But, what do these offers actually mean? At the end of the day, apartments are businesses. Just like any other business, they need to turn a profit. So, when you’re offered a month of free rent, it’s likely that you’ll actually end up covering that cost in some other way.
1. Net effective rent vs. gross rent
Apartment complexes advertise free months of rent through net effective rent. In this case, the rental rates being advertised are not what you will actually be paying each month. Instead, you’ll be paying that “base” rent with the added “free” month divided into equal, monthly payments.
An example of this tactic could be an advertised rent of $1,400 with one month free on a 12-month lease. The net effective price is $1,400 but the true gross price — the price you as a renter would pay every month — would be around $1,525. The “free month” of rent simply is paid over the course of the remaining 11 months of your lease.
2. Long lease terms
Another common tactic among landlords is to solicit a two-year lease agreement in exchange for a month of free rent. This setup typically involves the net effective rent vs. gross rent concept we mentioned last.
For the first year, the tenant will pay the divided “one month free” rent. But, what tenants often don’t realize is that after the first year, they’re obligated to pay the higher gross rent without the “free month” factored in.
A clause signing you up for a two-year lease agreement could be hidden in the fine print, so make sure to be cautious and well-informed.
3. Watch for rent increases
Landlords could easily drop the rental rate for every month to reflect the “savings” you’d be getting by taking the free month deal. However, the free month deal is quite common. One reason for this is that it gives landlords the liberty to increase rent for the subsequent years at a faster rate than they’d be able to get away with otherwise.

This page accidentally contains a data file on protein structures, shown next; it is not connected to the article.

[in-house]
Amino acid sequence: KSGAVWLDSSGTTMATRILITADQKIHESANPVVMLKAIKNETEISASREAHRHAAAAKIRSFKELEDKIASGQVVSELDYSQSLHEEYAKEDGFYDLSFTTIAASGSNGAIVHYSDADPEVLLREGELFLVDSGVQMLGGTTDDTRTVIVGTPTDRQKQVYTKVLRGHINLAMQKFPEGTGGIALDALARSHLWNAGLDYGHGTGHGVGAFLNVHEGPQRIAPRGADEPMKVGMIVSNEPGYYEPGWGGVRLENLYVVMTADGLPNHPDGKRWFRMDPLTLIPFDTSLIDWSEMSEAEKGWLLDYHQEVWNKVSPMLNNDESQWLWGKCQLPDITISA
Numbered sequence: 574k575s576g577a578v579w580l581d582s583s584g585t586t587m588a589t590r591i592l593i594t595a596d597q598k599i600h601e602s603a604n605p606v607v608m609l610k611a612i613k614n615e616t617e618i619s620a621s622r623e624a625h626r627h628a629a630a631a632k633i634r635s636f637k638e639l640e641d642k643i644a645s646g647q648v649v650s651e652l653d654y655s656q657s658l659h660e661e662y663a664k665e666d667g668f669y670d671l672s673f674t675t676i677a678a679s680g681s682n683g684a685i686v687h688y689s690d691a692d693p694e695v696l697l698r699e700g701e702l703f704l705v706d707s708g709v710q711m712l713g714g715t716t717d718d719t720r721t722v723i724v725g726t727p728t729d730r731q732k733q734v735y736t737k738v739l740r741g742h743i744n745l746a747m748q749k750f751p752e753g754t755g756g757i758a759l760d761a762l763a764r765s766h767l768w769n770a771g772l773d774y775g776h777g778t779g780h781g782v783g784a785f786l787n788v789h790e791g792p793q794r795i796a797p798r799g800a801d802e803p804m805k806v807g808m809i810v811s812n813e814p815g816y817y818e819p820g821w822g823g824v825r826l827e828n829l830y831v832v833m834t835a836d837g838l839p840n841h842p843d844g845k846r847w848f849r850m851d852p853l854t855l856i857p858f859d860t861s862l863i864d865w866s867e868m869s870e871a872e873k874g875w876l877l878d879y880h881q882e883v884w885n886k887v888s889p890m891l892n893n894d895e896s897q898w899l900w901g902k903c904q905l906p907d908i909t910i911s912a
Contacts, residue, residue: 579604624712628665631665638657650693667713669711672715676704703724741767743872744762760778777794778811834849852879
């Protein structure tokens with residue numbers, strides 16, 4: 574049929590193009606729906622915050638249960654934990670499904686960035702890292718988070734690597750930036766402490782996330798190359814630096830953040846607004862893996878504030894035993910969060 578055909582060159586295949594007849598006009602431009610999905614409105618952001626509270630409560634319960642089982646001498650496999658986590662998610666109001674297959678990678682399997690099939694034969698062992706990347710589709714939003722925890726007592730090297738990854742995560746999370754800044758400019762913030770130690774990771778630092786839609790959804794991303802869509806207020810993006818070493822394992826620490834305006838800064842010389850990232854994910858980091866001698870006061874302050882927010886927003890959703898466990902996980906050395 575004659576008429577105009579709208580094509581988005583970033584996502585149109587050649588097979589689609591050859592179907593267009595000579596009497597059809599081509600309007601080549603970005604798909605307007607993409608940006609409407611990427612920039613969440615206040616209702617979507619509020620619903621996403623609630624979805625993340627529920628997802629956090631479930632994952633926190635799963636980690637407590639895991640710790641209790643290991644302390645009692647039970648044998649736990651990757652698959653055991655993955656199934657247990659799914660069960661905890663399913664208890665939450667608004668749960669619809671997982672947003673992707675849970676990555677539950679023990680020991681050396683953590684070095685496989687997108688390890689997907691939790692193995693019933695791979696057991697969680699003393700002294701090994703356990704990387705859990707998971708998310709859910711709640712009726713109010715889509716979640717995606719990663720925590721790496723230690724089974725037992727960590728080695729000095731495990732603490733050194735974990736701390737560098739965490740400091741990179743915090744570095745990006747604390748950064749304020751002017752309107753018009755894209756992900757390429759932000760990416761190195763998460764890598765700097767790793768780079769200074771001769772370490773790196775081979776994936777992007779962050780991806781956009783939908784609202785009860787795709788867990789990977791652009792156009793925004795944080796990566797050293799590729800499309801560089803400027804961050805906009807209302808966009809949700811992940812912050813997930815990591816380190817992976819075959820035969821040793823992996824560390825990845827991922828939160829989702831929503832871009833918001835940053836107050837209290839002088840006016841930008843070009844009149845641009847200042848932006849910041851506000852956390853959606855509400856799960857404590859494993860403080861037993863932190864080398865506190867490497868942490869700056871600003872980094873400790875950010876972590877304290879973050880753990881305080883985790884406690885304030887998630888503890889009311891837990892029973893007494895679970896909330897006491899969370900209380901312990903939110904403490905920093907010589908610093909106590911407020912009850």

If a landlord increases the rent from the amount you pay with a free month, it seems like less drastic of a price increase than if they had lowered the rent altogether and increased the rent from that starting point.
There’s virtually no such thing as a free month of rent
There’s technically no such thing as a “free month” of rent. Apartments and landlords are like any other business — they’re aiming to make a profit. There’s a fixed amount necessary to cover all costs and pay all apartment staff while still turning a profit, and residential developers are very aware of that.
However, you can make educated decisions to make the system work to your advantage. If you need some help upfront, a rental that defers the first month of payment could really help you out. Or, if you’re a transient renter who knows you won’t be renewing your lease, you have the freedom to be less skeptical of future rent increases.
If you do your research, you might just learn how to get a free month of rent. Regardless, it’s important that you’re informed and responsible. Don’t be afraid to ask questions and make sure you fully understand the commitment of renting before you sign a lease.